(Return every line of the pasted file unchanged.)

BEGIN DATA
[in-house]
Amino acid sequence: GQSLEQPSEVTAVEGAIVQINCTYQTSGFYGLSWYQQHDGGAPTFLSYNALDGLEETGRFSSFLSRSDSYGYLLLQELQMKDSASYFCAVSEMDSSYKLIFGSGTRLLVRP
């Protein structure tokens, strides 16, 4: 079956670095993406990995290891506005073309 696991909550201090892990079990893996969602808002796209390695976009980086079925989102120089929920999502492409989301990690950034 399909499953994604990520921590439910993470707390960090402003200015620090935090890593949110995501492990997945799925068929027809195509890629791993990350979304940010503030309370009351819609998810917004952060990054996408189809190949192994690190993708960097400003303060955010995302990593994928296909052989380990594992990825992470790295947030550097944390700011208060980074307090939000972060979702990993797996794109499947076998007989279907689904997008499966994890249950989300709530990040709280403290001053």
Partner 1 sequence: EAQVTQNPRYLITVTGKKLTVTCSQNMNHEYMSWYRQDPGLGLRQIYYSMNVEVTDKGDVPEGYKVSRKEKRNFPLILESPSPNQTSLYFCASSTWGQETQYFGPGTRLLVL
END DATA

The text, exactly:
[in-house]
Amino acid sequence: GQSLEQPSEVTAVEGAIVQINCTYQTSGFYGLSWYQQHDGGAPTFLSYNALDGLEETGRFSSFLSRSDSYGYLLLQELQMKDSASYFCAVSEMDSSYKLIFGSGTRLLVRP
């Protein structure tokens, strides 16, 4: 079956670095993406990995290891506005073309 696991909550201090892990079990893996969602808002796209390695976009980086079925989102120089929920999502492409989301990690950034 399909499953994604990520921590439910993470707390960090402003200015620090935090890593949110995501492990997945799925068929027809195509890629791993990350979304940010503030309370009351819609998810917004952060990054996408189809190949192994690190993708960097400003303060955010995302990593994928296909052989380990594992990825992470790295947030550097944390700011208060980074307090939000972060979702990993797996794109499947076998007989279907689904997008499966994890249950989300709530990040709280403290001053």
Partner 1 sequence: EAQVTQNPRYLITVTGKKLTVTCSQNMNHEYMSWYRQDPGLGLRQIYYSMNVEVTDKGDVPEGYKVSRKEKRNFPLILESPSPNQTSLYFCASSTWGQETQYFGPGTRLLVL